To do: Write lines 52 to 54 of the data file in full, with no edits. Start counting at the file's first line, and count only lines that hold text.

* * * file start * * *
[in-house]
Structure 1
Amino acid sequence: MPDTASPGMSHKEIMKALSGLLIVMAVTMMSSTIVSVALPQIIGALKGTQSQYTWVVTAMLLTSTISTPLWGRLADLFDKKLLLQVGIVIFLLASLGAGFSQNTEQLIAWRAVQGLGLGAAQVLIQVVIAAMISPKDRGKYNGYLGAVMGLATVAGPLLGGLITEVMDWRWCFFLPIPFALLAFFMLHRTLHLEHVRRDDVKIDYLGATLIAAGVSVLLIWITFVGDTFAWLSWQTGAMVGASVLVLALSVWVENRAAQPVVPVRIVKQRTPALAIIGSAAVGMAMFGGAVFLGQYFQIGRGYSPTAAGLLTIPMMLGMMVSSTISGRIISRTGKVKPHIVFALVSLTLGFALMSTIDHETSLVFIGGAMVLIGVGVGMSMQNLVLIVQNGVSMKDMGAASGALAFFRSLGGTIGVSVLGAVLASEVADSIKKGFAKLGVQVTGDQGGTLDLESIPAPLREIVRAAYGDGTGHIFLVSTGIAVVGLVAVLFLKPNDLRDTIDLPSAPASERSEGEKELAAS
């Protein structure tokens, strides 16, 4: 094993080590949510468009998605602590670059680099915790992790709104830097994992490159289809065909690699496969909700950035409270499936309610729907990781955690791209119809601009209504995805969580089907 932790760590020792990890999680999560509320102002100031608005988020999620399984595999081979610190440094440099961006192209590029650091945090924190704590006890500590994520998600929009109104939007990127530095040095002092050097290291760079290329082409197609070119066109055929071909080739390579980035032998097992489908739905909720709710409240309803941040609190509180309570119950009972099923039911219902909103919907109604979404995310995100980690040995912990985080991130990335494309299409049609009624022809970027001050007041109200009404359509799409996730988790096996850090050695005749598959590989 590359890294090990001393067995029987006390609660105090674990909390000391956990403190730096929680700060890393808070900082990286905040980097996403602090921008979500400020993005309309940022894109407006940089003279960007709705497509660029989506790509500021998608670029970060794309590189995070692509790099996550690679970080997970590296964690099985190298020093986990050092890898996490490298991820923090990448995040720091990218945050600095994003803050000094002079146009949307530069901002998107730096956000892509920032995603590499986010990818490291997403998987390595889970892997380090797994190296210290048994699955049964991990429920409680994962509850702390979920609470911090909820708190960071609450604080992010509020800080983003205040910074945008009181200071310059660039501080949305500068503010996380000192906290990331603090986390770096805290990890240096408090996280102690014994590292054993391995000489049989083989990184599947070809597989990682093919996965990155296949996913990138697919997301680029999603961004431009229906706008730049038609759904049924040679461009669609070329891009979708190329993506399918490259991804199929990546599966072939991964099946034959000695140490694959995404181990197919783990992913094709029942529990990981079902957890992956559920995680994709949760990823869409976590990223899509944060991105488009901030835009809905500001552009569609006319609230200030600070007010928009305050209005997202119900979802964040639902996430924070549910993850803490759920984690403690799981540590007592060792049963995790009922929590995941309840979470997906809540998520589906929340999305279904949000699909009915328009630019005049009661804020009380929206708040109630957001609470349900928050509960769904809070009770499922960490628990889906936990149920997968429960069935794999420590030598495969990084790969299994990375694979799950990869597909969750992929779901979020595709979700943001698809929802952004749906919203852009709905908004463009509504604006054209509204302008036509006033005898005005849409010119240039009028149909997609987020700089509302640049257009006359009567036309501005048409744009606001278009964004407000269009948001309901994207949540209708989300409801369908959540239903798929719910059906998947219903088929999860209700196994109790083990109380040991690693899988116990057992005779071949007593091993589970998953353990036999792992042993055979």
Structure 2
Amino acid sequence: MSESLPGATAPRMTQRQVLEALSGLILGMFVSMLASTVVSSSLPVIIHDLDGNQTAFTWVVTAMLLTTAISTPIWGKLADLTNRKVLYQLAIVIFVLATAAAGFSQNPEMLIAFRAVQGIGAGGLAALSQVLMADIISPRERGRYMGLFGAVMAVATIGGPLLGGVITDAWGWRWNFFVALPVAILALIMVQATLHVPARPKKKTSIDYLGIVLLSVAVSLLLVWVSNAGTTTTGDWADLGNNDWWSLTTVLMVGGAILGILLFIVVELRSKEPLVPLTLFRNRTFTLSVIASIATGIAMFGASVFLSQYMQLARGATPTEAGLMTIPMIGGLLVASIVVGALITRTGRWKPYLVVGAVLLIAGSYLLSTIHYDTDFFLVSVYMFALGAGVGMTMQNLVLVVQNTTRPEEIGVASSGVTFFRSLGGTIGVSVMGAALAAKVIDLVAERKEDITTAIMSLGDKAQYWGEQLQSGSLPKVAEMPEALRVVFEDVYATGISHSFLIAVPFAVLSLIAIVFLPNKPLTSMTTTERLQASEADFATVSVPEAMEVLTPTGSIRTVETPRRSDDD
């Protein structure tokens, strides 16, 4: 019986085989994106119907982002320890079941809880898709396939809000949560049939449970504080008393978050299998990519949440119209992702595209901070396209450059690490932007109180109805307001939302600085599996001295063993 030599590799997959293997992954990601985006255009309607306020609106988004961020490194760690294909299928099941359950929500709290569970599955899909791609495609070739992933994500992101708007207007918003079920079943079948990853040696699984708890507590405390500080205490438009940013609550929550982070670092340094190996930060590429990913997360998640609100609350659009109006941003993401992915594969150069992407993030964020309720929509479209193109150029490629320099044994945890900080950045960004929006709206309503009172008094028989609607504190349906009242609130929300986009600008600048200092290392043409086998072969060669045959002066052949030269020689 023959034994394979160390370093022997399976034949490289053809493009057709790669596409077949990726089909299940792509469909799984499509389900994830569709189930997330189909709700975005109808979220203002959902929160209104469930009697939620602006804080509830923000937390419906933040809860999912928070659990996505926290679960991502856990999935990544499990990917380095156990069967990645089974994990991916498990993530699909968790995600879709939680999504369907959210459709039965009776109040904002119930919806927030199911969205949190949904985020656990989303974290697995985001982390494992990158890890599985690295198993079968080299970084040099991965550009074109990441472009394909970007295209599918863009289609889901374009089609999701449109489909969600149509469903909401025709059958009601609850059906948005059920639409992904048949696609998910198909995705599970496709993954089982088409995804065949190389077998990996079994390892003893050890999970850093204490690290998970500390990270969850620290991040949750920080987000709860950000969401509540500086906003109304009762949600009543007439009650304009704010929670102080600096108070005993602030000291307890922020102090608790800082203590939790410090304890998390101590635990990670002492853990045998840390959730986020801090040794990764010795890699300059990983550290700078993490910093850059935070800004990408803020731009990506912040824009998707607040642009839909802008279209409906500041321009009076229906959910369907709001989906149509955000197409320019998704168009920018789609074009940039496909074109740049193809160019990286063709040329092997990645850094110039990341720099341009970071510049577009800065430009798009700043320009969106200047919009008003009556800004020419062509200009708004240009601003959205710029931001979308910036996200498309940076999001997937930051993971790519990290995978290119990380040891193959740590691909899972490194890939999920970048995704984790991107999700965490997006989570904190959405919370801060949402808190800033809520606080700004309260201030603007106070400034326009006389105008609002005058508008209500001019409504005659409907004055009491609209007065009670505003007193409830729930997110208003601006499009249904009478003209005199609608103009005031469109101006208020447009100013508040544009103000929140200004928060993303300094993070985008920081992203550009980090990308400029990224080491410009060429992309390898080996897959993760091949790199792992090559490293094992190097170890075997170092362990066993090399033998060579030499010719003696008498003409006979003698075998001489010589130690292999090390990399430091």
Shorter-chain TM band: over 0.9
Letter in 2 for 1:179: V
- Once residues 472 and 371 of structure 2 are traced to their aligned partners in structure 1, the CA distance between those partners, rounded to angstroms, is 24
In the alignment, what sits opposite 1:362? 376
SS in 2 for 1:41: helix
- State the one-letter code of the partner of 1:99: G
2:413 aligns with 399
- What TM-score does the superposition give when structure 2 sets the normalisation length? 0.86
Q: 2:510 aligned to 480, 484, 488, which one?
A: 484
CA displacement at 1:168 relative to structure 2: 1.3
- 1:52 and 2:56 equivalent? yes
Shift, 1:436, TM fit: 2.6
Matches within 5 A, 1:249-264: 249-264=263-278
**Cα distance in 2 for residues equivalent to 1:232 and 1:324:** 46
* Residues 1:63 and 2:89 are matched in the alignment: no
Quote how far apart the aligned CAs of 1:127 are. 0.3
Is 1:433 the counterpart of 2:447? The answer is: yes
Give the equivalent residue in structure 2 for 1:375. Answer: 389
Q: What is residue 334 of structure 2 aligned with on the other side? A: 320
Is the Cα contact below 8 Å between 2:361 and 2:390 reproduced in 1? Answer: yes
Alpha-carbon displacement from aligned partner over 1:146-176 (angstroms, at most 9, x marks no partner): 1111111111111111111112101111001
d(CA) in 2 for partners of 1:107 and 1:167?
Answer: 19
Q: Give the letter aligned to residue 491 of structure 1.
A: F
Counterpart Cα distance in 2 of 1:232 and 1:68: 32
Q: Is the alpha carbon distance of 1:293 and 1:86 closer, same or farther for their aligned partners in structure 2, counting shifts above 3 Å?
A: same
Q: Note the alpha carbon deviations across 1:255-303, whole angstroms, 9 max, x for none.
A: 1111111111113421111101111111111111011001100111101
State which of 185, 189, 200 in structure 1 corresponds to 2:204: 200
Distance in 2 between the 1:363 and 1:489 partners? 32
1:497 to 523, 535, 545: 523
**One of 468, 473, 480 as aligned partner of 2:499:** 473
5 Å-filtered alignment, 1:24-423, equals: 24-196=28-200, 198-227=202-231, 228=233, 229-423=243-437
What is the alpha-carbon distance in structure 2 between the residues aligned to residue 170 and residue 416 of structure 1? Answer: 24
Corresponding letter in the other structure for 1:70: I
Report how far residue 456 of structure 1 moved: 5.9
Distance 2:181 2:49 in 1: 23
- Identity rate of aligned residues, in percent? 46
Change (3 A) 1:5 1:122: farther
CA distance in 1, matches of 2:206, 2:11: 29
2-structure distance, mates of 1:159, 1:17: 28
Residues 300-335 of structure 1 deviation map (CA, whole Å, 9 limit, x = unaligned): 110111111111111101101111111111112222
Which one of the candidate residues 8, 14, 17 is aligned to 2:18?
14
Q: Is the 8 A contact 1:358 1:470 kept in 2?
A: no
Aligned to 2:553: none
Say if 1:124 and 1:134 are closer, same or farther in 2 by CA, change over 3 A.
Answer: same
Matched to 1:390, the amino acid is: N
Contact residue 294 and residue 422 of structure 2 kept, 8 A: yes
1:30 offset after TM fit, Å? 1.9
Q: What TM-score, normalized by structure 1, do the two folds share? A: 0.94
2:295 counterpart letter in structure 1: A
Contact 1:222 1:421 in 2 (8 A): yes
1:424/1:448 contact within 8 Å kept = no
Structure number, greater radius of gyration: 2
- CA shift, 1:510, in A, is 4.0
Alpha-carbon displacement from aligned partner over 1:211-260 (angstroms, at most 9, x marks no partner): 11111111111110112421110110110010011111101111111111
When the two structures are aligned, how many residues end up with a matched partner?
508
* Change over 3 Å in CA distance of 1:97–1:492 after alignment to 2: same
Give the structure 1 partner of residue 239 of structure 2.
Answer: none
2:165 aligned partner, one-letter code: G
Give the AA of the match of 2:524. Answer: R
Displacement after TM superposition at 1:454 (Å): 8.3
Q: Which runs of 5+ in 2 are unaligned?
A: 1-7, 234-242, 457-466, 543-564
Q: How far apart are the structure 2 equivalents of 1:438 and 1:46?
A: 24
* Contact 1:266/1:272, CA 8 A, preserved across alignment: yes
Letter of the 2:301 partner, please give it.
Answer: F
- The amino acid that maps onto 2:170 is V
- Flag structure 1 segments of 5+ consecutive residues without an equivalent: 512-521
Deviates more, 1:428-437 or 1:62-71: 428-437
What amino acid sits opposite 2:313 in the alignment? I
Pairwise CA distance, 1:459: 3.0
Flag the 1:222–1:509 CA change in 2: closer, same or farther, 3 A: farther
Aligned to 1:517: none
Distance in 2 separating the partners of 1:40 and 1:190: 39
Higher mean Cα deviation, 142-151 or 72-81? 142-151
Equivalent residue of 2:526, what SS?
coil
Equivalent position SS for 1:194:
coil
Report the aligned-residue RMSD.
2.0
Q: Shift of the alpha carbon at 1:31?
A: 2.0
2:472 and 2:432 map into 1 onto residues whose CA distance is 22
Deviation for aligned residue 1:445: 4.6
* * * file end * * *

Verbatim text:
Residues 300-335 of structure 1 deviation map (CA, whole Å, 9 limit, x = unaligned): 110111111111111101101111111111112222
Which one of the candidate residues 8, 14, 17 is aligned to 2:18?
14